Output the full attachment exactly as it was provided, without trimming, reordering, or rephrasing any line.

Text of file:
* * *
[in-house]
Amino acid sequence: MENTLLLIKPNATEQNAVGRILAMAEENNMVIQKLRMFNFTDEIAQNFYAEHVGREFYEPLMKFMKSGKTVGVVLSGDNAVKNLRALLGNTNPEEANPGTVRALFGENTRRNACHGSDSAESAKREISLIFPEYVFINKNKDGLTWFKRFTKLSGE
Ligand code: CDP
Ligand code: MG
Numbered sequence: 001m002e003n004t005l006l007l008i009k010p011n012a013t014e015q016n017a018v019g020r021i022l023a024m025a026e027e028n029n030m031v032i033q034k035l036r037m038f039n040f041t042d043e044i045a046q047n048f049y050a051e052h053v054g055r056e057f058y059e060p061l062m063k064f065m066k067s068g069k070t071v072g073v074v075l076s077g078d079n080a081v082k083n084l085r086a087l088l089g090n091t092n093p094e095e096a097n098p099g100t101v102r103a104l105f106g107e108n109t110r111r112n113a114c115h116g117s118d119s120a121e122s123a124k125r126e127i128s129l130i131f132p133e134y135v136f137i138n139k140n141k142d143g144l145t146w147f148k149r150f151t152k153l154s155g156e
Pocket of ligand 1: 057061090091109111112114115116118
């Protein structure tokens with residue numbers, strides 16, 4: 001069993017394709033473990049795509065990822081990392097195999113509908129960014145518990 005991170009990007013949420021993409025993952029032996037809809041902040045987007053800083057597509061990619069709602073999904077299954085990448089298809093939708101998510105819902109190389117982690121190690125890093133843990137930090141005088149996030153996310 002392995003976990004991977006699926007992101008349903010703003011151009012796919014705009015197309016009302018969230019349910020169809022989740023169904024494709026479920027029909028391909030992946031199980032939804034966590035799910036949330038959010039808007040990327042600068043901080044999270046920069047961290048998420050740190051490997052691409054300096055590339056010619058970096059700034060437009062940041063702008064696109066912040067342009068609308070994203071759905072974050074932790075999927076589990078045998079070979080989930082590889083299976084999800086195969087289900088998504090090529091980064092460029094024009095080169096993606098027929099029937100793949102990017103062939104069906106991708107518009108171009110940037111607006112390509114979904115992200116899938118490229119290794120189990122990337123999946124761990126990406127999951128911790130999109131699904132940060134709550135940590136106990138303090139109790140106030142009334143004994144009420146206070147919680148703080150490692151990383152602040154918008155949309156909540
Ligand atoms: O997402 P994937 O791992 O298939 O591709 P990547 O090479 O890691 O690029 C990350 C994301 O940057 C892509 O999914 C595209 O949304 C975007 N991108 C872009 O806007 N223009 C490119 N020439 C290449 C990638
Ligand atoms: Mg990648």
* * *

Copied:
[in-house]
Amino acid sequence: MENTLLLIKPNATEQNAVGRILAMAEENNMVIQKLRMFNFTDEIAQNFYAEHVGREFYEPLMKFMKSGKTVGVVLSGDNAVKNLRALLGNTNPEEANPGTVRALFGENTRRNACHGSDSAESAKREISLIFPEYVFINKNKDGLTWFKRFTKLSGE
Ligand code: CDP
Ligand code: MG
Numbered sequence: 001m002e003n004t005l006l007l008i009k010p011n012a013t014e015q016n017a018v019g020r021i022l023a024m025a026e027e028n029n030m031v032i033q034k035l036r037m038f039n040f041t042d043e044i045a046q047n048f049y050a051e052h053v054g055r056e057f058y059e060p061l062m063k064f065m066k067s068g069k070t071v072g073v074v075l076s077g078d079n080a081v082k083n084l085r086a087l088l089g090n091t092n093p094e095e096a097n098p099g100t101v102r103a104l105f106g107e108n109t110r111r112n113a114c115h116g117s118d119s120a121e122s123a124k125r126e127i128s129l130i131f132p133e134y135v136f137i138n139k140n141k142d143g144l145t146w147f148k149r150f151t152k153l154s155g156e
Pocket of ligand 1: 057061090091109111112114115116118
């Protein structure tokens with residue numbers, strides 16, 4: 001069993017394709033473990049795509065990822081990392097195999113509908129960014145518990 005991170009990007013949420021993409025993952029032996037809809041902040045987007053800083057597509061990619069709602073999904077299954085990448089298809093939708101998510105819902109190389117982690121190690125890093133843990137930090141005088149996030153996310 002392995003976990004991977006699926007992101008349903010703003011151009012796919014705009015197309016009302018969230019349910020169809022989740023169904024494709026479920027029909028391909030992946031199980032939804034966590035799910036949330038959010039808007040990327042600068043901080044999270046920069047961290048998420050740190051490997052691409054300096055590339056010619058970096059700034060437009062940041063702008064696109066912040067342009068609308070994203071759905072974050074932790075999927076589990078045998079070979080989930082590889083299976084999800086195969087289900088998504090090529091980064092460029094024009095080169096993606098027929099029937100793949102990017103062939104069906106991708107518009108171009110940037111607006112390509114979904115992200116899938118490229119290794120189990122990337123999946124761990126990406127999951128911790130999109131699904132940060134709550135940590136106990138303090139109790140106030142009334143004994144009420146206070147919680148703080150490692151990383152602040154918008155949309156909540
Ligand atoms: O997402 P994937 O791992 O298939 O591709 P990547 O090479 O890691 O690029 C990350 C994301 O940057 C892509 O999914 C595209 O949304 C975007 N991108 C872009 O806007 N223009 C490119 N020439 C290449 C990638
Ligand atoms: Mg990648």